I'm not sure about the sights which we passed in the City but I do know we went to see the Basilica di Bonaria (Good Air) which is now the Marine Museum, and the City Hall.

For our free time we were deposited halfway up the steep Largo Carlo street. Remember the walkers and walking sticks? Two of us refused to get off the coach but the rest braved it (I think some just hung around near where the coach was parked). The guide did say that we could go down the hill to catch the shuttle bus back to the ship but she didn't know where we could catch it. Helpful.

The Salt Pans

I doubt if I will return to Sardinia which is a pity as I am sure that it is a very pretty island but it needs to be toured when one is young and healthy.

Tuesday, 19 January 2016

Valencia, the Ever Evolving City

City of Arts and Sciences
Valencia, the third largest city in Spain has many layers going back into pre-history. Probably its most well-known historical figure is Rodrigo Diago de Vivar, better known as El Cid. During Hollywood's era of epic historical movies he was one of the characters immortalised in film. Played by Charlton Heston with Sophia Loren as his leading lady.

Bridge of the part (Opera House to left)
Twentieth century history includes, of course, the Spanish Civil War when much of the City was destroyed. For about twenty years after the war ended rebuilding took place. Then the River Turia flooded somewhat disastrously in 1957. More changes to the city.

The river was diverted away to the south and the dry river bed has been converted into a 4 1/2 mile long series of parks. A wonderful and popular green space in the centre of Valencia.

In the late twentieth century the City Fathers did away with the defunct industrial area, had the land de-contaminated and the fantastic City of Arts and Sciences constructed. All very modern with the use of glass and white mosaic tiles. They include the Science Museum (of course), an IMAX, Europe's largest aquarium and the Opera House.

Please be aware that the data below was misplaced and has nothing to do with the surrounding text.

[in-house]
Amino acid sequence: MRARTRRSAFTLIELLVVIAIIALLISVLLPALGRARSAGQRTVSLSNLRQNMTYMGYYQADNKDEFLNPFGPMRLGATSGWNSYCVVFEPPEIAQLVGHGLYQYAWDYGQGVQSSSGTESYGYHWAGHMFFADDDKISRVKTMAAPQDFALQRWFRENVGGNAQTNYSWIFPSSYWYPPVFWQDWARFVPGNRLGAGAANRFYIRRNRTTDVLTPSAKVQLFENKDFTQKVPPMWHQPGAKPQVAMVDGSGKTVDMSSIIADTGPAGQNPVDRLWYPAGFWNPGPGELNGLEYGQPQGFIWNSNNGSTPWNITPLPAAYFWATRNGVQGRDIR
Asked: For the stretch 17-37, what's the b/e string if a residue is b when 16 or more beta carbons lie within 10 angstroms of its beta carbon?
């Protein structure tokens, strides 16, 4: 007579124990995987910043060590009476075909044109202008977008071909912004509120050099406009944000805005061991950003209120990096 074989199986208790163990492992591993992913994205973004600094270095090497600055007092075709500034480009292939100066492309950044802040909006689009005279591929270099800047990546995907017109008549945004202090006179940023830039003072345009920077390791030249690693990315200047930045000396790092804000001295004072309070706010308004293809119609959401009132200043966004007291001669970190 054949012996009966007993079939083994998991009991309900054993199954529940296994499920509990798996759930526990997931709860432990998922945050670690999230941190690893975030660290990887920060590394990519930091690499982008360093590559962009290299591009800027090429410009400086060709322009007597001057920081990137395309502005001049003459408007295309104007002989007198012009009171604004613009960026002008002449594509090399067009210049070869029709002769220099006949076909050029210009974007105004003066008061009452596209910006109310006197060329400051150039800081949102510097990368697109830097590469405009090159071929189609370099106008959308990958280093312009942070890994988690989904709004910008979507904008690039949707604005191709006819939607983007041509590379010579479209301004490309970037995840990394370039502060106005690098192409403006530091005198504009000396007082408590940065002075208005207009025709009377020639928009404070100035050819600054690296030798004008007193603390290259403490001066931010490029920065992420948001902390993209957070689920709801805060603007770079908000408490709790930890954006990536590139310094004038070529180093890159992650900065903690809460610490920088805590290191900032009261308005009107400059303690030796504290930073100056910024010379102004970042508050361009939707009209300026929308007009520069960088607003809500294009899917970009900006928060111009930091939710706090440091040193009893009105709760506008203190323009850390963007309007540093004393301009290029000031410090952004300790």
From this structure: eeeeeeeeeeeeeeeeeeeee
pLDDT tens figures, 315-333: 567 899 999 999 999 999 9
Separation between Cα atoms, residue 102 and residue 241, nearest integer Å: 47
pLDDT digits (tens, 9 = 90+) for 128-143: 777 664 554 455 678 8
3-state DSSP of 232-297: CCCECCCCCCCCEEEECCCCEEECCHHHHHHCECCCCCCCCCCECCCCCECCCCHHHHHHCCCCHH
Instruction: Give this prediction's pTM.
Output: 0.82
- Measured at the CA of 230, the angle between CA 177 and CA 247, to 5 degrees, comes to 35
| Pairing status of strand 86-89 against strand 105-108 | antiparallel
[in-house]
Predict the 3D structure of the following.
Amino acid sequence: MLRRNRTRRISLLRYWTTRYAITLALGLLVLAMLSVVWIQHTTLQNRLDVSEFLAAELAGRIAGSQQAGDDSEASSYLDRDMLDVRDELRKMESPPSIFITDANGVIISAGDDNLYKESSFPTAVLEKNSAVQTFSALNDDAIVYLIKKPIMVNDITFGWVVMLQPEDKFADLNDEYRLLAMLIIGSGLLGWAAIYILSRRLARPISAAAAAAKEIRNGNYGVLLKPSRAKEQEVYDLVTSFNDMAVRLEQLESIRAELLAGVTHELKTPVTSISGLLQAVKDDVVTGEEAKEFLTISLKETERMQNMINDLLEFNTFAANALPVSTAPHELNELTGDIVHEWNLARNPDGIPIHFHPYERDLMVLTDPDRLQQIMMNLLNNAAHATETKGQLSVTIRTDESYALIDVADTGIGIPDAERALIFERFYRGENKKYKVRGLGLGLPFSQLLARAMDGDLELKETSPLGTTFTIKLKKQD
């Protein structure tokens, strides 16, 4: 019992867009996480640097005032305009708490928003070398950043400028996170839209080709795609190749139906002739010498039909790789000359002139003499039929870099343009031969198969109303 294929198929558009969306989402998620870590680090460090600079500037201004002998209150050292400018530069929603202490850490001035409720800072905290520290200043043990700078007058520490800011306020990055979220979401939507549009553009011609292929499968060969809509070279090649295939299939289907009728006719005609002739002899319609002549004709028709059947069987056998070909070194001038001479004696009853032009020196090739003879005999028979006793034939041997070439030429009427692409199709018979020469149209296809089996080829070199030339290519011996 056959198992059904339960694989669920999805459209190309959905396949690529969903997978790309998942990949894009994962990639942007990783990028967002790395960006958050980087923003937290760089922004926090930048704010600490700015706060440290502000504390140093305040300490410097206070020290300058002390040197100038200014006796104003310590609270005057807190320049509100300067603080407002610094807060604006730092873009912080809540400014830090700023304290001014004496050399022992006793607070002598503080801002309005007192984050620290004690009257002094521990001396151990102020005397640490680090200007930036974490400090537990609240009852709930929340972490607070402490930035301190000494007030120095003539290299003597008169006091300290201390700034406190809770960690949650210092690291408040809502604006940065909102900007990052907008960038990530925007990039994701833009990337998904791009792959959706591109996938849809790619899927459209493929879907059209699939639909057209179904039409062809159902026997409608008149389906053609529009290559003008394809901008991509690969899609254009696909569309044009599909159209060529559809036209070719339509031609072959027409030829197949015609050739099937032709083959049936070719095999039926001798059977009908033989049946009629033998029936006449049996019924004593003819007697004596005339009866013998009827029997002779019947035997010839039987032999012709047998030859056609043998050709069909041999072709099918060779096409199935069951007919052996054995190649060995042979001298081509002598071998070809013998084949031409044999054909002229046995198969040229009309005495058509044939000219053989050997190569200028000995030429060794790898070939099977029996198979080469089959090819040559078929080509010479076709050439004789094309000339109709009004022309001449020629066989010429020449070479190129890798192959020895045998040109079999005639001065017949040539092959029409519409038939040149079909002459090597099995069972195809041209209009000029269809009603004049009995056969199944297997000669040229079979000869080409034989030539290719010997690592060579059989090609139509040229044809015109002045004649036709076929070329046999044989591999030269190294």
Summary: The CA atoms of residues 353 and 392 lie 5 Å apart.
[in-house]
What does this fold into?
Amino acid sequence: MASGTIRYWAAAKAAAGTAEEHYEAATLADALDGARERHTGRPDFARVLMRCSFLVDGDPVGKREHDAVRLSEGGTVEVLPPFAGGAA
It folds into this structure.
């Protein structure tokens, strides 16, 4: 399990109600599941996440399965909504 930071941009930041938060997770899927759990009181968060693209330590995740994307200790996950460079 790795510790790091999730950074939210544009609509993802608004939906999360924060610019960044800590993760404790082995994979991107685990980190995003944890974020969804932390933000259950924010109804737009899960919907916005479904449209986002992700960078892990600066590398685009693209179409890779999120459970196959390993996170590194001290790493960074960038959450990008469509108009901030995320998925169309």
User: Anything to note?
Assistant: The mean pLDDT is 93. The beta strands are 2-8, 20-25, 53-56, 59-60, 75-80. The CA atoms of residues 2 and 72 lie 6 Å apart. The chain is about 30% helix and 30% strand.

From here we drove to the old City, leaving the coach at one of the old Gates to the city, from where we strolled to the Plaza de la Virgen to be set free and explore. Where to start first? The 13th century Cathedral, the Gothic bell tower (for super views over the city after climbing 270 steps!), stroll around the market, sit down for a coffee and watch the world go by? Me? I strolled through the square, turned right up a narrow street with small shops, then did my favourite trick of turning left, turning left, turning left - back to where I had started. As usual I found something absolutely delightful. A 'circus' (as in Piccadilly) surrounded by handicrafts shops which made me wish I had a list of items that I need. In front of one of the shops was a table where half-a-dozen ladies were working on various projects. To one side there was even an iron and padded surface where they could press seams.

I just wish I had had the time and energy to discover more interesting corners and admire the historical buildings such as La Loncha de la Seda. This was the silk exchange which was built in the 15th/16th centuries and is fabulous Gothic architecture with equally fabulous interiors.

Sports enthusiasts will remember the America's Cup of 2007 and, of course, the European Grand Prix which was held here for the first time in 2008. Now, alas, the City cannot afford to host the Grand Prix but you can see the road markings on the streets around the port so maybe they are hoping to host it again in the future.

Maybe one day I will return to this exciting city when on another PandO cruise!